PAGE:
A number of operators have now submitted their proposals to provide pan-European mobile satellite services. The European Commission intends to make available spectrum which could be used to deliver mobile television, radio and other services across Europe. European bidders face competition from American operators. In an extraordinary development, one of them has also started legal proceedings, arguing that the European process for allocating the spectrum is illegal. The complex background to this next revolution in broadcasting and mobile communications is explored in a new report on Satellite to Mobile, published by informitv.

The applicants include Solaris Mobile, a joint venture between Eutelsat and SES Astra. Inmarsat, TerreStar Europe, and ICO Global have also submitted separate plans. The European Commission will therefore consider the proposals and is expected to award the spectrum to one or more operators based on the strength of their applications, according to a number of published criteria.

Under the European S-band Application Process, or ESAP, up to 30MHz of spectrum will be made available for mobile satellite services to cover at least 60% of Europe. The S-band spectrum, in the 2GHz range, will also be available for terrestrial transmissions. It is just above the bands currently used for 3G mobile services, for which operators bid billions of euros at auction.

Solaris Mobile, based in Dublin, was formed as a joint venture between European satellite operators Eutelsat and SES Astra. It plans to provide services using a payload on a satellite already due for launch in the first half of 2009.

“Solaris Mobile will be in the unique position of being able to offer mobile satellite services as early as 2009, empowering state-of-the-art mobile networks and enabling innovative services to consumers across Europe, well ahead of the Commission’s deadline of 2011,” said Steve Maine, the chief executive of the joint venture. “We look forward to continue working with European consumers, regulators, network operators, equipment and solutions vendors, car manufacturers, content and service providers, to make this vision become a reality within the next 12 months.”

Inmarsat, which operates a global mobile satellite services network, best known for its maritime communications, has also filed an application. The company, originally a non-profit international organisation, is now listed on the London Stock Exchange. It has an agreement with Thales Alenia Space to develop a satellite, known as EuropaSat, expected to be launched in early 2011, subject to the outcome of its European application.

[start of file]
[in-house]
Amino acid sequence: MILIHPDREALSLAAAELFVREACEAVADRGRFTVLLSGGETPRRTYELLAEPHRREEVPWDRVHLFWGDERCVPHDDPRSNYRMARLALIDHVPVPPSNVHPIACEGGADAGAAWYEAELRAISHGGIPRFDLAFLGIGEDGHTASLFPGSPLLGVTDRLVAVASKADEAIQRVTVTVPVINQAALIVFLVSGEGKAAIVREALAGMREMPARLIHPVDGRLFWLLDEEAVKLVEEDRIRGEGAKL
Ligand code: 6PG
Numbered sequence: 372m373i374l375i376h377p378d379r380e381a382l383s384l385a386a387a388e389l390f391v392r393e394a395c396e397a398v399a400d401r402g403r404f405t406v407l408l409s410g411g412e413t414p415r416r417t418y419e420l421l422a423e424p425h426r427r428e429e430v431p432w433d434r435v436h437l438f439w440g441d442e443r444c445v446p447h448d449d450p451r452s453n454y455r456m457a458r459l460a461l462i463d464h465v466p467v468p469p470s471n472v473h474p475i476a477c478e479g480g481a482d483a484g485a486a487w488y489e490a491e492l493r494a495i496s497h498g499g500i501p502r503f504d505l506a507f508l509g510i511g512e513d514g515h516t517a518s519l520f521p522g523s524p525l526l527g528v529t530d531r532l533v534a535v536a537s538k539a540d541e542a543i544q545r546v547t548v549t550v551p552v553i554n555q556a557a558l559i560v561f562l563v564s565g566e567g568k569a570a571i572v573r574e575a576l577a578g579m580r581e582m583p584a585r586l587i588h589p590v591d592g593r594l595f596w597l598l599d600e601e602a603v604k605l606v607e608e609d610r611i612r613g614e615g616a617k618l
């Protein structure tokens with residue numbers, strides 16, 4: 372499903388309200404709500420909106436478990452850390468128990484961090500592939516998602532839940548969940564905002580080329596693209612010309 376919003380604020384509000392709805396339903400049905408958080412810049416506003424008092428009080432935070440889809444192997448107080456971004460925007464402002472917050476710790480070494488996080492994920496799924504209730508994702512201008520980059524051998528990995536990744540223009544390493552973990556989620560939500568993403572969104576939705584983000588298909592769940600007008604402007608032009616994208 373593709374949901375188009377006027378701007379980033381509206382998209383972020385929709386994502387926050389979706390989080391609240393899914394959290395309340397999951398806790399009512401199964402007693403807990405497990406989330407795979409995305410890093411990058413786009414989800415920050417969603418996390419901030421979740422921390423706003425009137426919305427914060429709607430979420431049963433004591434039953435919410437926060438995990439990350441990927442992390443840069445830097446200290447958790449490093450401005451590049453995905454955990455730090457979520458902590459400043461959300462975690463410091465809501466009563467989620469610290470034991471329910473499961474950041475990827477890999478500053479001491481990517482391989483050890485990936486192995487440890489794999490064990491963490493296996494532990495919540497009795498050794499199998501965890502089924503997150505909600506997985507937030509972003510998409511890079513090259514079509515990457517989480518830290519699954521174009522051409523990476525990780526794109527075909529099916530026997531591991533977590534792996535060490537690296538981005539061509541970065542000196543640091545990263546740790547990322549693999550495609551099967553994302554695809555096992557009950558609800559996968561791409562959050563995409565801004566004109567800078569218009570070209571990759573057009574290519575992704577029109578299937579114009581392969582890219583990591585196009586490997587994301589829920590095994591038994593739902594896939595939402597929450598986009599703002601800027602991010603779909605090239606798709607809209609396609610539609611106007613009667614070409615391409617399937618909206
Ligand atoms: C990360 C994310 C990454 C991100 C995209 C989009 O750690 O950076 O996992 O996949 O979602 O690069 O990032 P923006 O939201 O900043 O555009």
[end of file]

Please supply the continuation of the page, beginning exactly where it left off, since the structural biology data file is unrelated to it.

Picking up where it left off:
TerreStar Networks is planning to launch a large satellite in 2009 to provide coverage across North America in partnership with EchoStar. The company has complex background that goes back to the origins of American mobile satellite services, from which emerged what is now Sirius XM Satellite Radio. TerreStar Europe has submitted plans for a European satellite that could be launched in 2010. It aims to provide multiple communications applications including video, voice and data services.

ICO Global Communications emerged out of the ICO Global initiative to develop a constellation of medium earth orbit mobile communications satellites. Only one of the satellites was launched. However, a major new satellite was launched in April 2008, to provide mobile interactive media services across North America. It has now submitted an application to provide a service in Europe through a European subsidiary, ICO Satellite.

ICO has meanwhile initiated proceedings in the European Court arguing that the decision under which the European Commission proposes to allocate spectrum is illegal. It is calling for the annulment of the decision taken by the European Parliament and Council In June 2008, claiming that it goes against International Telecommunications Union regulations.

The European Commission seems likely to favour European operations and Solaris Mobile currently seems to be a front runner, with the potential to offer satellite services from as early as next year.

The surprise legal move by ICO Global loks like a bid to protect its interests in S-band and could have the effect of delaying any decision by the European Commission. In any case, it now seems unlikely that the allocation process will be uncontested.

A new report on Satellite to Mobile: Television and radio broadcasting — Global markets and opportunities, published by informitv, explores the complex background to the bids by various operators to launch the next generation of satellite communications services.